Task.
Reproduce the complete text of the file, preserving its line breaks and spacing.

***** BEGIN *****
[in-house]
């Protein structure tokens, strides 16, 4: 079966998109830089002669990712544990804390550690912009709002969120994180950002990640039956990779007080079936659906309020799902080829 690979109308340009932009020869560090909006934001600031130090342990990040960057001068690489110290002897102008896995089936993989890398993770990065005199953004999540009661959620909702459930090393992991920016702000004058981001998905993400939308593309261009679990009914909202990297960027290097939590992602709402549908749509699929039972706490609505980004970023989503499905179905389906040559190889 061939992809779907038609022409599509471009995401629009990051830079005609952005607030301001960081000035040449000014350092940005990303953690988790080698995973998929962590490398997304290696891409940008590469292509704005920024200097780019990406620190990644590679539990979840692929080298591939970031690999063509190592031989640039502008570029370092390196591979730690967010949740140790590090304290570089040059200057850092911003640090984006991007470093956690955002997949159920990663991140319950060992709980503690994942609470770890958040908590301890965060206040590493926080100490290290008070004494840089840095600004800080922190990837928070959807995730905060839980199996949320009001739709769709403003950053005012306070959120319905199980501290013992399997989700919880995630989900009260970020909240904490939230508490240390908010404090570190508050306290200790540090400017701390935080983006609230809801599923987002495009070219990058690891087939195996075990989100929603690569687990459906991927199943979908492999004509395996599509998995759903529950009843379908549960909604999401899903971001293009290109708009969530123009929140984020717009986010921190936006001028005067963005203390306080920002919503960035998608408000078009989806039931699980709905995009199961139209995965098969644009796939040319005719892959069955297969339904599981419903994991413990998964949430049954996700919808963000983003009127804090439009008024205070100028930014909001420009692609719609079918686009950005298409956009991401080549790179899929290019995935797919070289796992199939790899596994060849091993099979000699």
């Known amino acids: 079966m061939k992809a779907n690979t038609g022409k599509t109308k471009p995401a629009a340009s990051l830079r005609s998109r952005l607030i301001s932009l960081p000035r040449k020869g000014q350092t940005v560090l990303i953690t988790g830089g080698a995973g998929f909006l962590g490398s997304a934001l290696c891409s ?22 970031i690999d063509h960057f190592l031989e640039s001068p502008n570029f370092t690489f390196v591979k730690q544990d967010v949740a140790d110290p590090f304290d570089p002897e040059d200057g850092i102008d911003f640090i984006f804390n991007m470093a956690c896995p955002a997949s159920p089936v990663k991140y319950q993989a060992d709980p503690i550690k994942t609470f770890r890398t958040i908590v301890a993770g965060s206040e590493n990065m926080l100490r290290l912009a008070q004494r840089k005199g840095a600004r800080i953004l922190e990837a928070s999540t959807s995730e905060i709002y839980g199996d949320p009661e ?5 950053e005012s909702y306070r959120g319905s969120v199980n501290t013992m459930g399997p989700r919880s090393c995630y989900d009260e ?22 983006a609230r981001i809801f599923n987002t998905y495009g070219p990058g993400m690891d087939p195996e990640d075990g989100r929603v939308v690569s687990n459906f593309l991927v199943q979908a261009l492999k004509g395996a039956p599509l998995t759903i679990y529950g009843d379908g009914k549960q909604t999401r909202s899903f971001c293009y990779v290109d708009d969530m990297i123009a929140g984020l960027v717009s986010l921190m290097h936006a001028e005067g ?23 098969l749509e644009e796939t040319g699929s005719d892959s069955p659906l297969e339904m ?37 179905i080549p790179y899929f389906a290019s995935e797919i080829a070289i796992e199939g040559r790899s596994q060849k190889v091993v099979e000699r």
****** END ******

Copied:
[in-house]
């Protein structure tokens, strides 16, 4: 079966998109830089002669990712544990804390550690912009709002969120994180950002990640039956990779007080079936659906309020799902080829 690979109308340009932009020869560090909006934001600031130090342990990040960057001068690489110290002897102008896995089936993989890398993770990065005199953004999540009661959620909702459930090393992991920016702000004058981001998905993400939308593309261009679990009914909202990297960027290097939590992602709402549908749509699929039972706490609505980004970023989503499905179905389906040559190889 061939992809779907038609022409599509471009995401629009990051830079005609952005607030301001960081000035040449000014350092940005990303953690988790080698995973998929962590490398997304290696891409940008590469292509704005920024200097780019990406620190990644590679539990979840692929080298591939970031690999063509190592031989640039502008570029370092390196591979730690967010949740140790590090304290570089040059200057850092911003640090984006991007470093956690955002997949159920990663991140319950060992709980503690994942609470770890958040908590301890965060206040590493926080100490290290008070004494840089840095600004800080922190990837928070959807995730905060839980199996949320009001739709769709403003950053005012306070959120319905199980501290013992399997989700919880995630989900009260970020909240904490939230508490240390908010404090570190508050306290200790540090400017701390935080983006609230809801599923987002495009070219990058690891087939195996075990989100929603690569687990459906991927199943979908492999004509395996599509998995759903529950009843379908549960909604999401899903971001293009290109708009969530123009929140984020717009986010921190936006001028005067963005203390306080920002919503960035998608408000078009989806039931699980709905995009199961139209995965098969644009796939040319005719892959069955297969339904599981419903994991413990998964949430049954996700919808963000983003009127804090439009008024205070100028930014909001420009692609719609079918686009950005298409956009991401080549790179899929290019995935797919070289796992199939790899596994060849091993099979000699």
């Known amino acids: 079966m061939k992809a779907n690979t038609g022409k599509t109308k471009p995401a629009a340009s990051l830079r005609s998109r952005l607030i301001s932009l960081p000035r040449k020869g000014q350092t940005v560090l990303i953690t988790g830089g080698a995973g998929f909006l962590g490398s997304a934001l290696c891409s ?22 970031i690999d063509h960057f190592l031989e640039s001068p502008n570029f370092t690489f390196v591979k730690q544990d967010v949740a140790d110290p590090f304290d570089p002897e040059d200057g850092i102008d911003f640090i984006f804390n991007m470093a956690c896995p955002a997949s159920p089936v990663k991140y319950q993989a060992d709980p503690i550690k994942t609470f770890r890398t958040i908590v301890a993770g965060s206040e590493n990065m926080l100490r290290l912009a008070q004494r840089k005199g840095a600004r800080i953004l922190e990837a928070s999540t959807s995730e905060i709002y839980g199996d949320p009661e ?5 950053e005012s909702y306070r959120g319905s969120v199980n501290t013992m459930g399997p989700r919880s090393c995630y989900d009260e ?22 983006a609230r981001i809801f599923n987002t998905y495009g070219p990058g993400m690891d087939p195996e990640d075990g989100r929603v939308v690569s687990n459906f593309l991927v199943q979908a261009l492999k004509g395996a039956p599509l998995t759903i679990y529950g009843d379908g009914k549960q909604t999401r909202s899903f971001c293009y990779v290109d708009d969530m990297i123009a929140g984020l960027v717009s986010l921190m290097h936006a001028e005067g ?23 098969l749509e644009e796939t040319g699929s005719d892959s069955p659906l297969e339904m ?37 179905i080549p790179y899929f389906a290019s995935e797919i080829a070289i796992e199939g040559r790899s596994q060849k190889v091993v099979e000699r």